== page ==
The Spanish Mastiff is a large dog with a heavy, muscular build that excels as a guard dog.
It’s a powerful dog, similar in appearance to the other Mastiff breeds.
This noble giant is intelligent, calm, dignified, and sometimes aloof. He is devoted to his family and may politely accept strangers if he has been socialized properly, although he will be wary of them.
He can be aggressive toward other dogs. The Spanish Mastiff may not be suitable in urban situations because of his massive size and booming voice can prove to be a problem.
He is a wonderful protector of his home and family. Socialization and training should begin early to ensure this dog becomes a stable and reliable pet.
Supervised exposure to different but non-threatening dogs will help control his tendency to be aggressive toward other dogs.
The Spanish Mastiff is quite alert and food-motivated, but he can get bored easily. Training must be consistent. Owners should also be firm but gentle.
Once you have earned the dog’s respect as his leader, the Spanish Mastiff will be an extremely loyal pet.
Spanish Mastiff Puppies – Before You Buy…
What Price are Spanish Mastiff Puppies?
The price of Spanish Mastiff puppies is between $600 to $800.
How to Find Reputable Spanish Mastiff Breeders?
Choosing the right breeder is just as important as choosing the right dog.
The first thing to do is ask your veterinarian, groomers, boarding kennels, and other pet owners who the reputable breeders are in your area. You can also try the local kennel club.
Do your homework and know everything there is to know about the breed you’re interested in. Visit the breeder’s home or kennel. The premises should be clean and smell good.
Avoid breeders who have large numbers of dogs and puppies kept in kennels. This could be a puppy mill that’s masquerading as a legit dog breeder.
Ask to see the whole litter and at least one of the parents. The animals should look healthy and well-fed, with no runny eyes or noses.
The puppies or kittens should be sociable and outgoing. They shouldn’t appear to be afraid of the breeder.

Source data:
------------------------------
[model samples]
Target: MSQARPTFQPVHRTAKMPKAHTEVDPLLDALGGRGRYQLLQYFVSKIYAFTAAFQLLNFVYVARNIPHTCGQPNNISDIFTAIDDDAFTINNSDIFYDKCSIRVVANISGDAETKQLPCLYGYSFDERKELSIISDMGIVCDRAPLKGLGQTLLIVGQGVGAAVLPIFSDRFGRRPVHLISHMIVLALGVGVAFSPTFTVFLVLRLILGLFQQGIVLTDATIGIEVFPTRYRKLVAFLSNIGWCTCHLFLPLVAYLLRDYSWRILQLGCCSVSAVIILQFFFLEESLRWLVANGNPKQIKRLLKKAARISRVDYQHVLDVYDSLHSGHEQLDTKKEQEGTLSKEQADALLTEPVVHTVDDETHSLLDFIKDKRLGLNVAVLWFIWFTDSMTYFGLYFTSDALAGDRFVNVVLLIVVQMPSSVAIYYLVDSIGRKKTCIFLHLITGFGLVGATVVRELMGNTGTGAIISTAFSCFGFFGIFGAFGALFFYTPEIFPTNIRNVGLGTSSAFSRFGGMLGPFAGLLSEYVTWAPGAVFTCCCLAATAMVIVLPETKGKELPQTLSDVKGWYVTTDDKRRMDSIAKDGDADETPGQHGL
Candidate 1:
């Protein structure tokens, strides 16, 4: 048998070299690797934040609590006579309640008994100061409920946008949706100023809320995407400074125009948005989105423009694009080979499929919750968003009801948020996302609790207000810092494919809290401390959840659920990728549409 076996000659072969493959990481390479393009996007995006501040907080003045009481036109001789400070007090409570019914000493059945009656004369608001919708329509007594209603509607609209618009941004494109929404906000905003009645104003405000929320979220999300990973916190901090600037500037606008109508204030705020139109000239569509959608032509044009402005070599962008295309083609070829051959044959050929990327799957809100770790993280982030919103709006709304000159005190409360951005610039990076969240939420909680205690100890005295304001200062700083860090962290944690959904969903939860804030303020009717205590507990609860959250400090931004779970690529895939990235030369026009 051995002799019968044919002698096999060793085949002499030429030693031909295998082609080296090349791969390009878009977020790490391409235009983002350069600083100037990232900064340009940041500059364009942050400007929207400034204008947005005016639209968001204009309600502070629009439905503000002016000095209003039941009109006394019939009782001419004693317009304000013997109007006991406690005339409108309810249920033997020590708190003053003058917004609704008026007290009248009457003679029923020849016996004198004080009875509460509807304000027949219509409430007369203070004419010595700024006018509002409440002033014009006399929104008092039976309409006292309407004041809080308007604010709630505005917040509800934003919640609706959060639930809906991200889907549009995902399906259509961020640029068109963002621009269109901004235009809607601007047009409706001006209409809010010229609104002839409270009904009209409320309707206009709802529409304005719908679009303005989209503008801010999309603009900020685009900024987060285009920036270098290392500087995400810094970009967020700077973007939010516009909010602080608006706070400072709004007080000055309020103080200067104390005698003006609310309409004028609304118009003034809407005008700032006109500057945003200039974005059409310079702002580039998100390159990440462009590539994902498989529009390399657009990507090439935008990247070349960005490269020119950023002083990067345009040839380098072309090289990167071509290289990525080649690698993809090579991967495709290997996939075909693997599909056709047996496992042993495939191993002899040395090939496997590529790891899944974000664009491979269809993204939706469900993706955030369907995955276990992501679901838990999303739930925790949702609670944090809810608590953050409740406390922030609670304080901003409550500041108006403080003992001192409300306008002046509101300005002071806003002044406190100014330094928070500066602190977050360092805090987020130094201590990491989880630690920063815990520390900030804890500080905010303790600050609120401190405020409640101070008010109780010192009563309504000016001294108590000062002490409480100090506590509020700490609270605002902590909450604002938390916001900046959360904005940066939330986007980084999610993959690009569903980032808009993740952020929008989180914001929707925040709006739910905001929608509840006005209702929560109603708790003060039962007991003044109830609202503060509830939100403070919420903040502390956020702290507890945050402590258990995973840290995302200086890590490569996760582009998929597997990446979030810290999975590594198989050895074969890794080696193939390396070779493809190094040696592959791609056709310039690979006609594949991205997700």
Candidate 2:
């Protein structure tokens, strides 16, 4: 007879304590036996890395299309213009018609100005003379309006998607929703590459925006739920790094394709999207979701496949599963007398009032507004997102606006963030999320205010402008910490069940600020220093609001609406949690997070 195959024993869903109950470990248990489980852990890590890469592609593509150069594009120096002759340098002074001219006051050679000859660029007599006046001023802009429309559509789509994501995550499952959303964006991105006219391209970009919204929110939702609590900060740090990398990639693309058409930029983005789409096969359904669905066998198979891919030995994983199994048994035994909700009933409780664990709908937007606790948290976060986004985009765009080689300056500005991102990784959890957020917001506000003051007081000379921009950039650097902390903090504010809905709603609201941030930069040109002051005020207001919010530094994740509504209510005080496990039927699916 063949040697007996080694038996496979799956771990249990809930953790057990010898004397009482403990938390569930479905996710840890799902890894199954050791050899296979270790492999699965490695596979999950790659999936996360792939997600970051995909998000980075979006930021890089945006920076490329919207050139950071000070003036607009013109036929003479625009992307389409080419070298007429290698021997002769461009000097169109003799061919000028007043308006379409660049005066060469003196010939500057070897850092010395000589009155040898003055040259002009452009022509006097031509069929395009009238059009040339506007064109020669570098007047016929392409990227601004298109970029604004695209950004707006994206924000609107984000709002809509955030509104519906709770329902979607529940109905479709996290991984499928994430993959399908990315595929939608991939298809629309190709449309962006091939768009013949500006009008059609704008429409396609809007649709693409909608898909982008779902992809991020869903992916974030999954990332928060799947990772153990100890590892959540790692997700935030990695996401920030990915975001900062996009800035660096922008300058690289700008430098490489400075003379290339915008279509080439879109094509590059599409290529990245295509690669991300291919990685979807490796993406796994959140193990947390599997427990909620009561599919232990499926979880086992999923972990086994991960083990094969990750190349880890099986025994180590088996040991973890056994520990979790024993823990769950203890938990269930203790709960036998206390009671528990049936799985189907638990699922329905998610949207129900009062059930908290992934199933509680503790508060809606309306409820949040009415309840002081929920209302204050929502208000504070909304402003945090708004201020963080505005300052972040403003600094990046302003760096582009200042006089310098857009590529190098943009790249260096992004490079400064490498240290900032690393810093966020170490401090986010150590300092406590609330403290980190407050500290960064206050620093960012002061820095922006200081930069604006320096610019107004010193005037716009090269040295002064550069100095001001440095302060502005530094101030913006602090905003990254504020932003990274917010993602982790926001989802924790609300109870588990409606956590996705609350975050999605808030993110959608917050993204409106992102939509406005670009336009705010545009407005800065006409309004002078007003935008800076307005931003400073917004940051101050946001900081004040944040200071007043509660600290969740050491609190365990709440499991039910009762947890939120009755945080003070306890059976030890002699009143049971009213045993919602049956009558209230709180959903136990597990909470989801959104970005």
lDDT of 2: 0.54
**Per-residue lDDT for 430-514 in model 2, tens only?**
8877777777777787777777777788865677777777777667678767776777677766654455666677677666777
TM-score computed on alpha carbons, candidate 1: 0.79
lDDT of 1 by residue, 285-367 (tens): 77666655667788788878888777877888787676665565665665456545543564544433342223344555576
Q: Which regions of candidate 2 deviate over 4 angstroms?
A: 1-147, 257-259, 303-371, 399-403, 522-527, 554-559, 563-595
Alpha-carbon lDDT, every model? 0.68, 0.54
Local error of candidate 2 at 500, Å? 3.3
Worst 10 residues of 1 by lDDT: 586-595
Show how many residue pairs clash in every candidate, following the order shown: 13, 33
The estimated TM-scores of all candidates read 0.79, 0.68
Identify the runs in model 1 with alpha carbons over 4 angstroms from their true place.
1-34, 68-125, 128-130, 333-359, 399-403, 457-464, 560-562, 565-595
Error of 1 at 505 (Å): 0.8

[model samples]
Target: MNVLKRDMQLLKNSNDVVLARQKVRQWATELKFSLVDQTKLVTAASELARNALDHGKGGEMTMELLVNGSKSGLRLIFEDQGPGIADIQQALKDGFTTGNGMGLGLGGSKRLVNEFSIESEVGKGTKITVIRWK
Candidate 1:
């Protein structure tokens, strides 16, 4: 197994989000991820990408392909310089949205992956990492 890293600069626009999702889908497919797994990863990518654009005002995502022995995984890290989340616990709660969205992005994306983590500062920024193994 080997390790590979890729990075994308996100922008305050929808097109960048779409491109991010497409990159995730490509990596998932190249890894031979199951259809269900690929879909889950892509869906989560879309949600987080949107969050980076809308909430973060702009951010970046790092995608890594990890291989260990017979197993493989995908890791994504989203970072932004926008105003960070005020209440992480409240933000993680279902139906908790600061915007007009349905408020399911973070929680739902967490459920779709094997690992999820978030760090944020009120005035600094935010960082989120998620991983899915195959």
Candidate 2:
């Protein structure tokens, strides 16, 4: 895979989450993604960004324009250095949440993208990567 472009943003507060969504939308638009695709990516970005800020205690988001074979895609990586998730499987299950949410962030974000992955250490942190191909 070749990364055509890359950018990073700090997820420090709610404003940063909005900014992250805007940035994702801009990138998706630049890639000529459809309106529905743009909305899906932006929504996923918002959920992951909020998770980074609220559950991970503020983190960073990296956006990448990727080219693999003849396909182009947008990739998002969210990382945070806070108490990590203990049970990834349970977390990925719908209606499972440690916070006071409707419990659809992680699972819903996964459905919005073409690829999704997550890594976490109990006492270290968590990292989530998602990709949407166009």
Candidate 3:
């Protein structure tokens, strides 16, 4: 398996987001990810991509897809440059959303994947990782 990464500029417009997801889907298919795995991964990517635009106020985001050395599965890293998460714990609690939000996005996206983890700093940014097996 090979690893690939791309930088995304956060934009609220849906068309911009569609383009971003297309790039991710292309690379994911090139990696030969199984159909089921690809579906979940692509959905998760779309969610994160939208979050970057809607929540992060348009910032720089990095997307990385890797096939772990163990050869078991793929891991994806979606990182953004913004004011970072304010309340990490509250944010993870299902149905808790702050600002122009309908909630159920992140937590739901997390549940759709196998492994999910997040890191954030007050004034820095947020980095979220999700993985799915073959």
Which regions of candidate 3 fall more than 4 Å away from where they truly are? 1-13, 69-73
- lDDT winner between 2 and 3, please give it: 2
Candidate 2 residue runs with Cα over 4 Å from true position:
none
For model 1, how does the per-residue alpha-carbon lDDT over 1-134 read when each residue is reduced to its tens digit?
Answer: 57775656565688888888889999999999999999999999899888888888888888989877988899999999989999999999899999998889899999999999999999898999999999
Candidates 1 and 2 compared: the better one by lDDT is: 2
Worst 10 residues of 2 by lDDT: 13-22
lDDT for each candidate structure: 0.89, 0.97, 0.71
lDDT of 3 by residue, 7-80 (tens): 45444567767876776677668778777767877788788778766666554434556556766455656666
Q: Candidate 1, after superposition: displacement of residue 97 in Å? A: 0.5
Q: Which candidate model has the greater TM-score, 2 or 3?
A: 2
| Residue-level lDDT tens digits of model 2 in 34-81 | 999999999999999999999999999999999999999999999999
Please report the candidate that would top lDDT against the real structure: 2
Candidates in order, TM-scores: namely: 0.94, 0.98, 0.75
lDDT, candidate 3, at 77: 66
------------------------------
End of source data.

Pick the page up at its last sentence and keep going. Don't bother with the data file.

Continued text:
They should also be very knowledgeable about the breed. The breeder should know all the breed standards, the breed temperament, and should patiently answer all your questions.
A good breeder will also ask several questions about yourself, your lifestyle, and your family situation.
The breeder may ask to meet your entire family. Good breeders want to make sure their animals are placed in loving, responsible homes. They will go to great lengths to ensure this.
They should also be concerned about the animal for his entire lifetime. They may ask you to sign a contract that indicates your responsibility in taking care of your new dog.
Good breeders follow up on how their dogs are doing, even long after you’ve taken them home.
Reputable breeders should also provide references willingly. It’s also a good idea to ask for a veterinary reference.
3 Little-Known Facts About Spanish Mastiff Puppies
- Other names for the Spanish Mastiff include Mastín Extremeño, Mastín Leonés, Mastín ganadero, and Mastín español de campo y trabajo.
- There are two regional types. The more common type is known as the Mastin Pesado, and the more agile and lighter one is called Mastin Ligero.
- The Spanish Mastiff was bred to be strong, brave, and large and defend against wolves and other predators.
Physical Traits of the Spanish Mastiff
The Spanish Mastiff is a very strong and big dog, usually weighing 140 pounds, although some can weigh over 200 pounds.
Similar to other Mastiff breeds, this dog has a big head, a rectangular build, and a medium-length coat that has loose skin folds.
The Spanish Mastiff’s coat comes in yellow, gray, red, fawn, and black. Others can be seen with white or brindle markings.
How Big is a Full-Grown Spanish Mastiff?
The Spanish Mastiff is a large to a giant dog that weighs around 88 to 220 pounds. It can grow to 26 to 35 inches in height.
What is the Life Expectancy of the Spanish Mastiff?
The life expectancy of the Spanish Mastiff is 10 to 12 years
Intelligence, Temperament and Personality Traits of the Spanish Mastiff
The Spanish Mastiff is a noble and calm dog as an adult, but it takes 2 ½ to 3 years to reach that maturity.
He takes his role as guardian and protector quite seriously. With strangers, he can become aloof and wary.
Make sure it is well-socialized so that it does not react with suspicion towards them.